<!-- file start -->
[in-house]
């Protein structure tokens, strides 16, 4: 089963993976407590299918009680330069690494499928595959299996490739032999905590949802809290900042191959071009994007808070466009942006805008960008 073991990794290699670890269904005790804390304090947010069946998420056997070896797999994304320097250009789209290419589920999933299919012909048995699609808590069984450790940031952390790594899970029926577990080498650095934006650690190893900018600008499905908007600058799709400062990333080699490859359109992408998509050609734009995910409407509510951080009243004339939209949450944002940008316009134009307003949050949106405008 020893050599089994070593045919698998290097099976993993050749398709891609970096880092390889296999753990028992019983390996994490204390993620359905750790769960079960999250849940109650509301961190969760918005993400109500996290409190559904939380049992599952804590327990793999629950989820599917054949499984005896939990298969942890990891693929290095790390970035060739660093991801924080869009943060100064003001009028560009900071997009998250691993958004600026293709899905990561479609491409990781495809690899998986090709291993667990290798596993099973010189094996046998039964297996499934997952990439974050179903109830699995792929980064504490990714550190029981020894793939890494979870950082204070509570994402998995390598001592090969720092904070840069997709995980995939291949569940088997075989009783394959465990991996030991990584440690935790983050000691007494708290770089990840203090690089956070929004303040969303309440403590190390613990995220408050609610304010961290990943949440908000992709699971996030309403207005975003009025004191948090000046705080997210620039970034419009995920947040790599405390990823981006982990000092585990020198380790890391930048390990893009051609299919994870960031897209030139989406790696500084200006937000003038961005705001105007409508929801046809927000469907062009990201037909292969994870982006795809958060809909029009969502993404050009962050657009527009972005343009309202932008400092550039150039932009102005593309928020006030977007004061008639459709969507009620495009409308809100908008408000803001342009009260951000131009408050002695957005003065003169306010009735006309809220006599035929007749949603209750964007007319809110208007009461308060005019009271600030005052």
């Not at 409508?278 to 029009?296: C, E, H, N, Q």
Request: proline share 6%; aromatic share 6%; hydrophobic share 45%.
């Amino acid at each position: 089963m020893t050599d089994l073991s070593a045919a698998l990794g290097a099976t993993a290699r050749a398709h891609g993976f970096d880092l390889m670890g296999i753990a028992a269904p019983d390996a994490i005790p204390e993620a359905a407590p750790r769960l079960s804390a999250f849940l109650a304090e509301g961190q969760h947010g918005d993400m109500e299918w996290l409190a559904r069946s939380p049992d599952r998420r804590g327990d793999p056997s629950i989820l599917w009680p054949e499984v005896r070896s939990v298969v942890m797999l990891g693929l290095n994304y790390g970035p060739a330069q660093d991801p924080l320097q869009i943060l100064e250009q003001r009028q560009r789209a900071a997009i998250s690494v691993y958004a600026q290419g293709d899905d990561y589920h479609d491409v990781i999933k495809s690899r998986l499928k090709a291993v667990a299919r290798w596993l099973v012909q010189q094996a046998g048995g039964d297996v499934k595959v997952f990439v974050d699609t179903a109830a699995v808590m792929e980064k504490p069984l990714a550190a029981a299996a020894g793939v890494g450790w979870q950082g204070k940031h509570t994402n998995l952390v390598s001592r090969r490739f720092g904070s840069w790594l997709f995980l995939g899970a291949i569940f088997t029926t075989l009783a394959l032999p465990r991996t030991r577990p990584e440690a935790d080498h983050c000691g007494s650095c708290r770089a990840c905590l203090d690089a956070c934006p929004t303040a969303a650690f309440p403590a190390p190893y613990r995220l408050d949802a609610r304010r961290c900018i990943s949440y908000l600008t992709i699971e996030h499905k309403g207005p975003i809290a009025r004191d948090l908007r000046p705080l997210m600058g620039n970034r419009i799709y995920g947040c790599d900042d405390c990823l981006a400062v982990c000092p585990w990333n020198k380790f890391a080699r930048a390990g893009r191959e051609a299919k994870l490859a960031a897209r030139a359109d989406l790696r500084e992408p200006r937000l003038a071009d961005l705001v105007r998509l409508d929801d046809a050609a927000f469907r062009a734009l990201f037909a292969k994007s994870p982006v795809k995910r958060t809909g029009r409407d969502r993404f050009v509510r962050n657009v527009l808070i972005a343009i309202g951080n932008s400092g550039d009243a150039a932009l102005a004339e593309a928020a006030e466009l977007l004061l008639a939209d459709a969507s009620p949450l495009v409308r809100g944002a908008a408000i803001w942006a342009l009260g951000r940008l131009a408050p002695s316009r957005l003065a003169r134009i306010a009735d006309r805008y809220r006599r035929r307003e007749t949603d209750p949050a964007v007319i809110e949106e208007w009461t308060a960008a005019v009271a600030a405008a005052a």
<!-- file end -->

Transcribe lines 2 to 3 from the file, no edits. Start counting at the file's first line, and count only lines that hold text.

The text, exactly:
């Protein structure tokens, strides 16, 4: 089963993976407590299918009680330069690494499928595959299996490739032999905590949802809290900042191959071009994007808070466009942006805008960008 073991990794290699670890269904005790804390304090947010069946998420056997070896797999994304320097250009789209290419589920999933299919012909048995699609808590069984450790940031952390790594899970029926577990080498650095934006650690190893900018600008499905908007600058799709400062990333080699490859359109992408998509050609734009995910409407509510951080009243004339939209949450944002940008316009134009307003949050949106405008 020893050599089994070593045919698998290097099976993993050749398709891609970096880092390889296999753990028992019983390996994490204390993620359905750790769960079960999250849940109650509301961190969760918005993400109500996290409190559904939380049992599952804590327990793999629950989820599917054949499984005896939990298969942890990891693929290095790390970035060739660093991801924080869009943060100064003001009028560009900071997009998250691993958004600026293709899905990561479609491409990781495809690899998986090709291993667990290798596993099973010189094996046998039964297996499934997952990439974050179903109830699995792929980064504490990714550190029981020894793939890494979870950082204070509570994402998995390598001592090969720092904070840069997709995980995939291949569940088997075989009783394959465990991996030991990584440690935790983050000691007494708290770089990840203090690089956070929004303040969303309440403590190390613990995220408050609610304010961290990943949440908000992709699971996030309403207005975003009025004191948090000046705080997210620039970034419009995920947040790599405390990823981006982990000092585990020198380790890391930048390990893009051609299919994870960031897209030139989406790696500084200006937000003038961005705001105007409508929801046809927000469907062009990201037909292969994870982006795809958060809909029009969502993404050009962050657009527009972005343009309202932008400092550039150039932009102005593309928020006030977007004061008639459709969507009620495009409308809100908008408000803001342009009260951000131009408050002695957005003065003169306010009735006309809220006599035929007749949603209750964007007319809110208007009461308060005019009271600030005052």
């Not at 409508?278 to 029009?296: C, E, H, N, Q």